Tens of millions of pounds are being spent on NHS procedures that offer little apparent benefit, the first comprehensive survey of patient reported outcomes is expected to reveal.
Calculations by Nursing Times’ sister publication HSJ suggest at least £144m is being spent annually on carrying out operations on people who either have no significant complaints about their health before surgery or report that their condition is unchanged or worse afterwards.
If figures collected for the Department of Health in a trial of patient questionnaires accurately reflect the national picture, nearly 20,000 people reporting no problems with pain or discomfort are undergoing groin hernia and varicose vein procedures each year.
Of all patients undergoing the operations, 13,500 would report no change after the procedure and 17,400 would say they feel worse.
Of patients undergoing hip and knee replacements, the figures suggest 9,100 experience no change after the operation and 7,200 say they are worse.
Last month, all NHS hospitals began asking patients undergoing the four procedures to rate their health before and three months after operations.
The results, known as patient reported outcome measures, are expected as early as November, and will be used to compare hospitals and potentially clinical teams on the basis of how much patients’ health improves.
But they will also highlight acute trusts, primary care trusts, teams and individual clinicians operating on patients with less severe symptoms and who are less likely to benefit.
Analysis of an element of the trial data by a group of health economists, led by Office of Health Economics research director Nancy Devlin, revealed surprisingly large proportions reporting no problems before surgery and no improvement after.
Professor Devlin said that although the results were based on a small patient sample, and used survey questions which may not pick up subtle improvements in patients’ conditions, they raised questions about the NHS’s ability to select patients who would benefit most from procedures.
She said: “If [a PCT] is responsible for a budget and has a third of patients not reporting a problem [before surgery], you have to wonder whether it is defensible.”
PCTs should ask themselves whether there was a way of making sure patients could really benefit from surgery, she said.
Central Lancashire PCT chief executive Joe Rafferty said the results would be used to get patients to “engage with quality of life and health as a product” and demonstrate surgery may not be their best option.
They could be used to suggest alternative treatments such as pain relief or physiotherapy, rather than carrying out an intervention simply because it exists, he said.
He said: “The other opportunity it creates for commissioners is [that] if people don’t receive the benefits, we need to create markets to provide an alternative.”
King’s Fund chief economist John Appleby said PCTs would be able to use the results to “point the finger” at the quality of clinicians’ decisions about when to operate on a patient.
“PROMs will be a way for hospitals to start benchmarking themselves and for PCTs to start to look at the data and ask hard questions of their providers - comparing not just between hospitals but between clinicians,” he said.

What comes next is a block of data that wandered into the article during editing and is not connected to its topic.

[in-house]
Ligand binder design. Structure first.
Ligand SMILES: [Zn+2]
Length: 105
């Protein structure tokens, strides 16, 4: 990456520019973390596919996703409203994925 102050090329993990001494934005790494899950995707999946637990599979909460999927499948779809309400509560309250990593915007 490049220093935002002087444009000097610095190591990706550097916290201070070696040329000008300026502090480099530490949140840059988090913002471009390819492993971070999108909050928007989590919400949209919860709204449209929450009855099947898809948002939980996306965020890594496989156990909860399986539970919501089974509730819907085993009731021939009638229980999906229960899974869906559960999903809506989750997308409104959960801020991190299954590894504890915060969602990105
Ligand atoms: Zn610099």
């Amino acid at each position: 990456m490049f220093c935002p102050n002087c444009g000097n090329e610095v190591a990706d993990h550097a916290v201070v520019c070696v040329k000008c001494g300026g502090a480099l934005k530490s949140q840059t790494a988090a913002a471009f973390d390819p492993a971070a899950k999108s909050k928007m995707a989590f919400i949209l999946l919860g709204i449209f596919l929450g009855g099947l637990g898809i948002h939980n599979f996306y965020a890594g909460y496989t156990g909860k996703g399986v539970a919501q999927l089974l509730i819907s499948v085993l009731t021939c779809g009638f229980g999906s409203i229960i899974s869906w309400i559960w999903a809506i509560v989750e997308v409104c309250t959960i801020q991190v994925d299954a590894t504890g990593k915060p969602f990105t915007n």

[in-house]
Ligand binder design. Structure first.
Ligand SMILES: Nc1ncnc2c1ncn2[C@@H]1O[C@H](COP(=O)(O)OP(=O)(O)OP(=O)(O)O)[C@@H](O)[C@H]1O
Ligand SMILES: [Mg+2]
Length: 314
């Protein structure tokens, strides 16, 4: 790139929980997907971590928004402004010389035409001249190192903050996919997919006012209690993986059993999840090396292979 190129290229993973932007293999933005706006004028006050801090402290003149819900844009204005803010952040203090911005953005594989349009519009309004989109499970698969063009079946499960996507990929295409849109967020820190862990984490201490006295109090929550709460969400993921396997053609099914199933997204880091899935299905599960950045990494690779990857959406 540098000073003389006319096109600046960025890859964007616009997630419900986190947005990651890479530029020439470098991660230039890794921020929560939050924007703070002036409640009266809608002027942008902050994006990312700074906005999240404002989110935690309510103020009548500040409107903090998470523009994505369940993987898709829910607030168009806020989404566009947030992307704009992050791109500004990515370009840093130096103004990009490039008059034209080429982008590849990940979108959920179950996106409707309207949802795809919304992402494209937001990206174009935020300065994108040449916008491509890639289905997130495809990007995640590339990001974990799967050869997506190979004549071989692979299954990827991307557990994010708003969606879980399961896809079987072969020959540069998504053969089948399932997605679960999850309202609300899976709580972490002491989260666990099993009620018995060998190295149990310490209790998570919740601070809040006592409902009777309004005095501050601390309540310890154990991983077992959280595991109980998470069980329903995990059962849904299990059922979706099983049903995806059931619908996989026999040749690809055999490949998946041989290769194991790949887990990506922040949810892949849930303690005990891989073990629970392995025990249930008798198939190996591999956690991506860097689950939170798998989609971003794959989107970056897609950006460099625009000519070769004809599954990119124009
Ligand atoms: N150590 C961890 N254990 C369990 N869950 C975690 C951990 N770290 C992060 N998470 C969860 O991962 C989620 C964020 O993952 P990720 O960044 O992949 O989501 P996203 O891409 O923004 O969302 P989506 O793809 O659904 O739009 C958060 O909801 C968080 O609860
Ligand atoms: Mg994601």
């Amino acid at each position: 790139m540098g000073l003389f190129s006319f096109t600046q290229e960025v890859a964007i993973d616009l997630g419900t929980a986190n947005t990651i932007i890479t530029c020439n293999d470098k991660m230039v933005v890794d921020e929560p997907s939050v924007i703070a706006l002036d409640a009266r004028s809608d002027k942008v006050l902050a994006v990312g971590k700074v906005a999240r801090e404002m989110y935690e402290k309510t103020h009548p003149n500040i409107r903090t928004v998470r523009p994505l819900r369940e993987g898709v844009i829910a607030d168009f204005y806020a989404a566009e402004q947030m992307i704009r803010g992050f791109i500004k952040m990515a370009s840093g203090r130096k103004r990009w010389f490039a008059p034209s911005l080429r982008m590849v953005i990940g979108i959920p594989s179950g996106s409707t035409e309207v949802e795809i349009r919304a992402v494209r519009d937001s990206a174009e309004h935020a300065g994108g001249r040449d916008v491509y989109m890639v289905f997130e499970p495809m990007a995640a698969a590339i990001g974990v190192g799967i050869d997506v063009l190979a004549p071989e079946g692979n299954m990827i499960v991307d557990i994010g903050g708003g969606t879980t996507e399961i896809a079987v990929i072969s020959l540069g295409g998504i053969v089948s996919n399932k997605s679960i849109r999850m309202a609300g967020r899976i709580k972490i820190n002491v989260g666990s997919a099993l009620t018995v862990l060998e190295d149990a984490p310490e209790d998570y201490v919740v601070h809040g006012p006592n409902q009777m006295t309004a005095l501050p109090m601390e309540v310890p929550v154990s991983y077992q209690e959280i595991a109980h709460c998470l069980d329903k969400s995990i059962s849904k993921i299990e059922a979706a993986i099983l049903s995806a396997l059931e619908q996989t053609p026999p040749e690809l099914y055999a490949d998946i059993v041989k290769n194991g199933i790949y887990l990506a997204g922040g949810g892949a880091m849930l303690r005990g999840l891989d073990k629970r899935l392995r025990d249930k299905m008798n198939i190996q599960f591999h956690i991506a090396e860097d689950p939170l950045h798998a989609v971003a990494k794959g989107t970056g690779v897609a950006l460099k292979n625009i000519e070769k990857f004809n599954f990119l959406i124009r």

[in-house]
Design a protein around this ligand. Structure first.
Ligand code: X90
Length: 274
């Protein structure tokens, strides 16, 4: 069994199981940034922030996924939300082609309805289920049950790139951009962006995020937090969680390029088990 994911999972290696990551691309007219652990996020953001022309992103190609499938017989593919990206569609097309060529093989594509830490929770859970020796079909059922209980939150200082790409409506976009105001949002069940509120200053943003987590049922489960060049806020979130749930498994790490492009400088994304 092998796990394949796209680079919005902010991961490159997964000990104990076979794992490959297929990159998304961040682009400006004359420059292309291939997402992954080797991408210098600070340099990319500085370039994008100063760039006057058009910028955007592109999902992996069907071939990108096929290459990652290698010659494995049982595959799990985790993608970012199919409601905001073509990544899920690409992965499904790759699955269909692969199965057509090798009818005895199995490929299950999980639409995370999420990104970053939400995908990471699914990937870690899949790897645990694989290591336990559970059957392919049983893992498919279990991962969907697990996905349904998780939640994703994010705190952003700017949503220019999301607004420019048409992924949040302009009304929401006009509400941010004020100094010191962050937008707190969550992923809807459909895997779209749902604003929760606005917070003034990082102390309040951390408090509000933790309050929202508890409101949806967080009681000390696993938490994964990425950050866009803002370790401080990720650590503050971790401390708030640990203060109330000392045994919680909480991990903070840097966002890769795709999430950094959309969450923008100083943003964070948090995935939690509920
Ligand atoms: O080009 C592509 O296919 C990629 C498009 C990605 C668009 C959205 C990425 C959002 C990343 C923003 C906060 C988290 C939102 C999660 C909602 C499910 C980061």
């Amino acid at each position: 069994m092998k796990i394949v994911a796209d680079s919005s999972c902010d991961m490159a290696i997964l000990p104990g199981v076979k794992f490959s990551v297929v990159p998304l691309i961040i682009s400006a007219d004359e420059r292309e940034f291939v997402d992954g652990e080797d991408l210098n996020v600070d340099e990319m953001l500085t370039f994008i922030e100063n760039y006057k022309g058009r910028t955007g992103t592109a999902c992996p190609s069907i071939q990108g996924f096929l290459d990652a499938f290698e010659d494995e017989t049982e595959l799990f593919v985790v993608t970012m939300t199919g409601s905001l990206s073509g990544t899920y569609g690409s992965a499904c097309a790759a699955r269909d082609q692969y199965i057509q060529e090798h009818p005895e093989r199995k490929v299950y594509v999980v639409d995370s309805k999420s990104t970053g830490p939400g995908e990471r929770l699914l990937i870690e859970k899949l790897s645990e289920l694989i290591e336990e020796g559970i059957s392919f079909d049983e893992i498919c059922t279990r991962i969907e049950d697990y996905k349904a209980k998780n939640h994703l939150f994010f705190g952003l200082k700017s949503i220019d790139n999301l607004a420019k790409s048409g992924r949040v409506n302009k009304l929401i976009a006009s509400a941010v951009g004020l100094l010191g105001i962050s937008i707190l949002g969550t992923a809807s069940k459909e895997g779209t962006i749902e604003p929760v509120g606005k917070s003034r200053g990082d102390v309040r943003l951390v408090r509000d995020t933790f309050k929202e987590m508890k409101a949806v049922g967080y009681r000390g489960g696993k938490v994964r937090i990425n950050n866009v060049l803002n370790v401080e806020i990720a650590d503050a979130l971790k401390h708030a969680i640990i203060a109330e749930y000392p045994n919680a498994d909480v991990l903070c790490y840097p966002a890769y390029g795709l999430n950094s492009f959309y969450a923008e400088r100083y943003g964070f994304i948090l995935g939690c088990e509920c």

“You have to dig deeper - it is not simply a case of saying those patients should not get an operation.”
NHS North West chief economist Kirsten Major said PCTs could use PROMs results to calculate the relative cost effectiveness of spend by “quality years” added to patients’ lives.
“When combined with cost you can come up with sophisticated arguments about where priorities should lie,” she said.
A DH spokesman warned the relatively small sample may not be representative of the NHS.
But he added: “Patient reported outcome measures data is intended to help to identify where patients are not getting the expected benefits of surgery.
“We expect hospitals to use PROMs data to drive improvements in quality.”
For HSJ’s calculations, Professor Devlin’s paper and the London School of Hygiene & Tropical Medicine report on PROMs for the DH, see right.
NHS Operations: the national picture
- Cost of treatment for patients reporting no problems before surgery £14.9m
- Cost of treatment for patients reporting no change after three months £10.6m
- Cost of treatment for patients reporting a worsened condition £14.3m
Total cost: £39.8m
- Cost of treatment for patients reporting no problems before surgery £5.7m
- Cost of treatment for patients reporting no change after three months £3.9m
- Cost of treatment for patients reporting a worsened condition £4.5m
Total cost: £14.1m
- Cost for patients reporting no change after three months £14.1m
- Cost of treatment for patients reporting worse condition £12.1m
Total cost: £26.3m
- Cost for patients reporting no change after three months £36.3m
- Cost for patients reporting worsened condition £27.4m
Total cost: £63.8m
The analysis was based on PROMs questions for 1,579 patients. HSJ took the proportions reporting no problems before surgery and those with no change and a worsening after to calculate national patient numbers using 2006-07 data. Costs were calculated using the 2008-09 tariff.